Illegal whisky

Today illegal goods are often seen as inferior to their legal counterpart. Yet in the 18th century, both rich and poor sought after illicitly-made whisky, as it was better quality than its legal counterpart.

The poor quality of legal whisky was due to the high rate of tax imposed on the malted grain used to make whisky. To cut costs, the large distilleries began to use unmalted raw grain. This produced an inferior drink called Corn spirits.

"...chiefly drunk by the dram drinkers, who wish to get drunk at the cheapest rate, and whose corrupted stomachs prefer the hardest spirits"
From 1798 Parliamentary Papers relative to the Distilleries of Scotland quoted by T. Devine (1975) in "The rise and fall of illicit whisky making in Northern Scotland, c. 1780-1840"

The illicit stills (which paid no tax) continued to use good malted grain, and so, once it had been smuggled to lowland markets, it fetched a higher price than the whisky made by the licensed whisky distilleries.

Recognising an illicit still

How do you know when you have found the site of an illicit still?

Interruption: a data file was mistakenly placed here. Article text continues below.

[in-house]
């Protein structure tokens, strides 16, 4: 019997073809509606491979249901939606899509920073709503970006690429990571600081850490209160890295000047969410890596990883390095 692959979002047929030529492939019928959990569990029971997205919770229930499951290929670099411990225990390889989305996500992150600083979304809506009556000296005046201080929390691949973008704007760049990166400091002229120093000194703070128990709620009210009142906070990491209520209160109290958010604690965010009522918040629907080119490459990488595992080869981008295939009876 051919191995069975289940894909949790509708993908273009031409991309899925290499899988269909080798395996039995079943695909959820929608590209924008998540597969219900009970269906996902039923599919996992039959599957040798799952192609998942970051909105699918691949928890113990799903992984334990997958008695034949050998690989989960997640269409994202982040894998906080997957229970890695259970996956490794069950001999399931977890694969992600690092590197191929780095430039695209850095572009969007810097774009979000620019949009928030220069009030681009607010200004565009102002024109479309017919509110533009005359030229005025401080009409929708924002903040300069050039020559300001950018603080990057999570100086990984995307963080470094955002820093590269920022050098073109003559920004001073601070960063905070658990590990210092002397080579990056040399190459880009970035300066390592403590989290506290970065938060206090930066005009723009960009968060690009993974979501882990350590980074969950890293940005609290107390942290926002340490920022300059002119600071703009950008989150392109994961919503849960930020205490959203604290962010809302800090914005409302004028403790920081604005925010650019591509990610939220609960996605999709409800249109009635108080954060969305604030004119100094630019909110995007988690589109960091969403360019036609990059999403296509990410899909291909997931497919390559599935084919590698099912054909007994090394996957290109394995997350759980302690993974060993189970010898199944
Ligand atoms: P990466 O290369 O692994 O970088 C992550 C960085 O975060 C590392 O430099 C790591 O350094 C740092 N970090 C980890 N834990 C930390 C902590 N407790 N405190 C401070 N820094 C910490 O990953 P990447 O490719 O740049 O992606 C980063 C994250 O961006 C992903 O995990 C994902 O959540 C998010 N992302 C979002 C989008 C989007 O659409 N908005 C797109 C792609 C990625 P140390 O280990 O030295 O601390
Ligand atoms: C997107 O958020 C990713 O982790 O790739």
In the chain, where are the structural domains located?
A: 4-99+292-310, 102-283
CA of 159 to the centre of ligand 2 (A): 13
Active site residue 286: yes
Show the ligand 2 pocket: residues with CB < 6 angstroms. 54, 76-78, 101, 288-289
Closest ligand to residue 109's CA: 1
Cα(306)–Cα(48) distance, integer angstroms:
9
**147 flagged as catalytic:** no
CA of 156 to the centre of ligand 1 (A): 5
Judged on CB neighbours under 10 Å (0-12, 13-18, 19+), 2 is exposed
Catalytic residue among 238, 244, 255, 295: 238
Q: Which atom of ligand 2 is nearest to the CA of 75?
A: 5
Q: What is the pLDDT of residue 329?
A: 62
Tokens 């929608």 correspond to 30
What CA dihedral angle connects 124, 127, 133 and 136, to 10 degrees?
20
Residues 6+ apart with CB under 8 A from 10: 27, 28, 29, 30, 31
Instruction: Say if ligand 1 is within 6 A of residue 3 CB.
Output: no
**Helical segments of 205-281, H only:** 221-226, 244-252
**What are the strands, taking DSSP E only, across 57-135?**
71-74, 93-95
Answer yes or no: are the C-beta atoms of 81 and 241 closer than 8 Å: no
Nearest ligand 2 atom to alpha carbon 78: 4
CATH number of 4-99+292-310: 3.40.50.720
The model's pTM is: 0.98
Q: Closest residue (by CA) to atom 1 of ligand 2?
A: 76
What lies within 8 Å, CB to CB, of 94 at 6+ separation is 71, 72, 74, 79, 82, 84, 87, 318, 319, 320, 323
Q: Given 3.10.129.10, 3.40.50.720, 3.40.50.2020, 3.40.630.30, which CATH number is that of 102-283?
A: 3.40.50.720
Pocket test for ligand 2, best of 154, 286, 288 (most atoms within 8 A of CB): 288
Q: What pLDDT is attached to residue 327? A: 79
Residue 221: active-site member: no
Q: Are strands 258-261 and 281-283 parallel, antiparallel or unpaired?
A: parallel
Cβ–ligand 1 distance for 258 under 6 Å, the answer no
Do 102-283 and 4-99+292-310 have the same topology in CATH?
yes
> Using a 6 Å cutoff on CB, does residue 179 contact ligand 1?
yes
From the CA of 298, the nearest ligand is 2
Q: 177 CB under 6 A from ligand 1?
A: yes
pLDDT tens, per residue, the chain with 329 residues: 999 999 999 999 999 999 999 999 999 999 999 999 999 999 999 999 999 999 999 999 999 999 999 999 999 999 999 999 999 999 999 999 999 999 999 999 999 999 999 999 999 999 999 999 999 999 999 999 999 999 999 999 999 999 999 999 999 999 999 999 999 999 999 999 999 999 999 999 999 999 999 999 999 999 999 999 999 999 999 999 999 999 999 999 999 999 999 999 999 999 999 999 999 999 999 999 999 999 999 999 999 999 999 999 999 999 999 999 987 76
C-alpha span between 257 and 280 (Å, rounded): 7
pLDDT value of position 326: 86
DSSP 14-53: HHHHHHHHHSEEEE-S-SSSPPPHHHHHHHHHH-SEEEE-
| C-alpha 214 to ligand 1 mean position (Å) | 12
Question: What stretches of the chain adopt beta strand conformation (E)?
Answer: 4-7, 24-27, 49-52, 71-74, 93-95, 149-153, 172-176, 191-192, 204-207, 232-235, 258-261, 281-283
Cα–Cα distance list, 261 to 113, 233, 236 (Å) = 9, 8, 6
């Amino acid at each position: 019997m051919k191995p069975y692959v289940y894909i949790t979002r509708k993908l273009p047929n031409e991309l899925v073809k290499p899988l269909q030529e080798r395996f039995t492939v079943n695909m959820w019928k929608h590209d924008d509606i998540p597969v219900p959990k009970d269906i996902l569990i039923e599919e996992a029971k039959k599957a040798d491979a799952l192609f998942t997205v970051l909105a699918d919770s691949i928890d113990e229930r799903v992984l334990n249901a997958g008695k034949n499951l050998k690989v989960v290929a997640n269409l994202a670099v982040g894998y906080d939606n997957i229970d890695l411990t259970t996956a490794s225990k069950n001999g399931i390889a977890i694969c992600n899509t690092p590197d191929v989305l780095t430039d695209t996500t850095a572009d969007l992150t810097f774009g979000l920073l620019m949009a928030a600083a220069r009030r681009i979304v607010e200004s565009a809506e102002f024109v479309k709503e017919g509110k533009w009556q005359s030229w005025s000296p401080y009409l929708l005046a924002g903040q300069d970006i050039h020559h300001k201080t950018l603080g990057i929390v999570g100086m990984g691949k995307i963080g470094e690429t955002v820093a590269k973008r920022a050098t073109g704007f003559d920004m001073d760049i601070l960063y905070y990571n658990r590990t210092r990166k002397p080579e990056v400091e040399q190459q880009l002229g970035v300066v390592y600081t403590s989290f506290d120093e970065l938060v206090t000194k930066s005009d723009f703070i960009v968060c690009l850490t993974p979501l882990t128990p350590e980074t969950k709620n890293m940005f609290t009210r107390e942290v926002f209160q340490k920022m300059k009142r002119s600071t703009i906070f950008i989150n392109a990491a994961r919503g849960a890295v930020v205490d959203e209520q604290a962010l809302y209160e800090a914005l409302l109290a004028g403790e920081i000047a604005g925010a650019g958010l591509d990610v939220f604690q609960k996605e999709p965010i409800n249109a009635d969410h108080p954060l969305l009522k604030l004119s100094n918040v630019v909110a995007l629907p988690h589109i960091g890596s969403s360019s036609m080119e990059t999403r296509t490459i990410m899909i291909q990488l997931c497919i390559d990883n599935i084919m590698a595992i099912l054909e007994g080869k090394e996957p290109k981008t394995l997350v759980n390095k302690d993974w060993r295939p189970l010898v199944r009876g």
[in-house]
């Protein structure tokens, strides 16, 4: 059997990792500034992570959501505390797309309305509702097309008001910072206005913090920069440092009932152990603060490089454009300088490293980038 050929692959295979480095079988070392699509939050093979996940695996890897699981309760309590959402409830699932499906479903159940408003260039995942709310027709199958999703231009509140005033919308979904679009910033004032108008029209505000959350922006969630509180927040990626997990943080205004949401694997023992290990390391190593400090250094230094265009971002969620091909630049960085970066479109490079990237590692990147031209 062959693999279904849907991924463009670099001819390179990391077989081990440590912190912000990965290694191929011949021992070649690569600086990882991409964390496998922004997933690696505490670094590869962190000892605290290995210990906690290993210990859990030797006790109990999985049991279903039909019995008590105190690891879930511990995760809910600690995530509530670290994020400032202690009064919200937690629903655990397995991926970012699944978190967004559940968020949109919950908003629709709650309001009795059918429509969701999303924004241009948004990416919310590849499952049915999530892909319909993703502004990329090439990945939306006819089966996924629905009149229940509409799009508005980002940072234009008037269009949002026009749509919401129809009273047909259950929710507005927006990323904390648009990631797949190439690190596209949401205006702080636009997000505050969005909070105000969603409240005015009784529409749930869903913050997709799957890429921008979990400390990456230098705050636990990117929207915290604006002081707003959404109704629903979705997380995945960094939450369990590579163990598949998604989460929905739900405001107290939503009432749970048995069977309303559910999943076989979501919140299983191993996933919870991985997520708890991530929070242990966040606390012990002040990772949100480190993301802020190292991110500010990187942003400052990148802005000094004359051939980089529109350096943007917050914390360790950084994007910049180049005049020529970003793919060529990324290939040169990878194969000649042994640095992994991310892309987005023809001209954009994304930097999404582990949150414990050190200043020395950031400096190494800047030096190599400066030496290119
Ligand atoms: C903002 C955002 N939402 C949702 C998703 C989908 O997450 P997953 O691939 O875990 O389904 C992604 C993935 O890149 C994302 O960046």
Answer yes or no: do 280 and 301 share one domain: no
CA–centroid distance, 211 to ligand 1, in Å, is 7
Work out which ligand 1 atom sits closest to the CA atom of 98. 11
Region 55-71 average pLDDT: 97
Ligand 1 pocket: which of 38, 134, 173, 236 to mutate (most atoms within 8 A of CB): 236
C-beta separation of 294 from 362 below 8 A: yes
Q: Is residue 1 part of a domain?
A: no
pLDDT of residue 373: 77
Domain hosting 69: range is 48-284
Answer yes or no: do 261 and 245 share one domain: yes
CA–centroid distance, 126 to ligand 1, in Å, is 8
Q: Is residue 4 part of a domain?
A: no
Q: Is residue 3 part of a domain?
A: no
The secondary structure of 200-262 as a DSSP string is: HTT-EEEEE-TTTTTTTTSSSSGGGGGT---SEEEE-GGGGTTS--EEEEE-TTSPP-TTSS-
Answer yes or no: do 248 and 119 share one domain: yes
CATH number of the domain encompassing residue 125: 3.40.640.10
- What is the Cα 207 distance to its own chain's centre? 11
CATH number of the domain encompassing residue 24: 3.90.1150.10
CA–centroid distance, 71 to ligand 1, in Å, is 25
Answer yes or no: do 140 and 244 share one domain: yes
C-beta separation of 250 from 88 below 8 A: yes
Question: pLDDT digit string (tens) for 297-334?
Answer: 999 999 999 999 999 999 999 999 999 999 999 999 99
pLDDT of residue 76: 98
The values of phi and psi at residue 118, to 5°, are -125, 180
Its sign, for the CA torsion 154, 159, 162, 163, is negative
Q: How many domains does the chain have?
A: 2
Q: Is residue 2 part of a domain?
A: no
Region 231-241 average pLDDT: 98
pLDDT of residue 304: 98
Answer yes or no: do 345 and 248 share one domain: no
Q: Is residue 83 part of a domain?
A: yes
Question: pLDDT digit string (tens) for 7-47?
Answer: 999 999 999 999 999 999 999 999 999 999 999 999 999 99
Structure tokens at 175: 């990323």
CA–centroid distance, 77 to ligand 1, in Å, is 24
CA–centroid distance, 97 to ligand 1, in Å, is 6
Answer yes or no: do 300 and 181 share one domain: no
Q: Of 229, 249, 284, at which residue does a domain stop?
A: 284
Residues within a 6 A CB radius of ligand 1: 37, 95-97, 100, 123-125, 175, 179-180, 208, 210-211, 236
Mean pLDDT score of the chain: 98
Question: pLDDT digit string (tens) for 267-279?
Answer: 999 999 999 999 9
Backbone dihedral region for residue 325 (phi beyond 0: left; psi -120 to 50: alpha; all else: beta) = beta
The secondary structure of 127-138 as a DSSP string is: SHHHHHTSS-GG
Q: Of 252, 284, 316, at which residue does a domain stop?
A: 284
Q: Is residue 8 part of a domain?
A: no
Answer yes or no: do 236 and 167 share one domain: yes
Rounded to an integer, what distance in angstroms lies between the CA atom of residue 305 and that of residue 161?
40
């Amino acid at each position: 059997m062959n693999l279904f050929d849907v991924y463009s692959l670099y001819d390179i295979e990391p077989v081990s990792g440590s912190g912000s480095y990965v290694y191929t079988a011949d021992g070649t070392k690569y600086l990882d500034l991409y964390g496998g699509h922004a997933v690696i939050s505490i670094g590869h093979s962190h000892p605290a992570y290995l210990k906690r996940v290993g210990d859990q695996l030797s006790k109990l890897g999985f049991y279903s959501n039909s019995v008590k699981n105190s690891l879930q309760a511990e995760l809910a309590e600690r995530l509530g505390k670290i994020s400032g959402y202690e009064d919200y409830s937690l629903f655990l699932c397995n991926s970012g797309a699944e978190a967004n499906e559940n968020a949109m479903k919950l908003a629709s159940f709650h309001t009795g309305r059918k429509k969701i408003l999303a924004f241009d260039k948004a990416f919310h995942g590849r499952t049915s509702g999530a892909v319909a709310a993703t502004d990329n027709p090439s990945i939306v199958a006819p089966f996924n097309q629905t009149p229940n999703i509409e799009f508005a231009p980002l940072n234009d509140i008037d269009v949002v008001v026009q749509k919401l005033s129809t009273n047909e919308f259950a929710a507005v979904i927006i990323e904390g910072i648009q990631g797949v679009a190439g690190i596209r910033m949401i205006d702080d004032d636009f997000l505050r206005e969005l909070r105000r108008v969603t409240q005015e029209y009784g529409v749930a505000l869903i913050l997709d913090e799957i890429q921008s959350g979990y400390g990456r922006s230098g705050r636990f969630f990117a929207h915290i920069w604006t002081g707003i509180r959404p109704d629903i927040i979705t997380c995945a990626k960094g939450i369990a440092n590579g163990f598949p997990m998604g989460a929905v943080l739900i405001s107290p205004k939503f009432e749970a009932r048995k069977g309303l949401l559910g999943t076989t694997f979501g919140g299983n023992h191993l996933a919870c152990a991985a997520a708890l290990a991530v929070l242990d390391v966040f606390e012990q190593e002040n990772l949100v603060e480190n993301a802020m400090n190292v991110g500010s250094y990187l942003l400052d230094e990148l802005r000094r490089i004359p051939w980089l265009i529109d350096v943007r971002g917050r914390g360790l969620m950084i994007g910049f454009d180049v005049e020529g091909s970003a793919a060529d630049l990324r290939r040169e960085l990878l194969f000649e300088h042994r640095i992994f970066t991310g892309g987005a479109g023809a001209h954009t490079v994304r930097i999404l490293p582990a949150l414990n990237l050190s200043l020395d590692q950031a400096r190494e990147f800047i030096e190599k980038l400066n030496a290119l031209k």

You will probably find the remains of a small stone building, which will look very similar to a shieling hut.

Dogfalls Illicit Still

This is a sketch of still equipment from Ballygrant taken from the Royal Commission on the Ancient and Historical Monuments of Scotland.

This is the case both at Dog Falls and at Newe's Craig, another illicit whisky still site. There are, however, pieces of evidence that can help you identify the difference.

Firstly, due to the illicit nature of the trade these building tend to stand alone and in remote places, often well-hidden.

Secondly, they are usually close to a water source.  The distillation process requires water.  Sometimes you can identify a lade, a small man-made water channel, that would lead the water from the stream or burn to the whisky still.

At Dog Falls, you can see a stone lined channel that runs from the River Affric to the stone walled remains of the still building.   It is rare to find any evidence of the actual equipment used to make the whisky.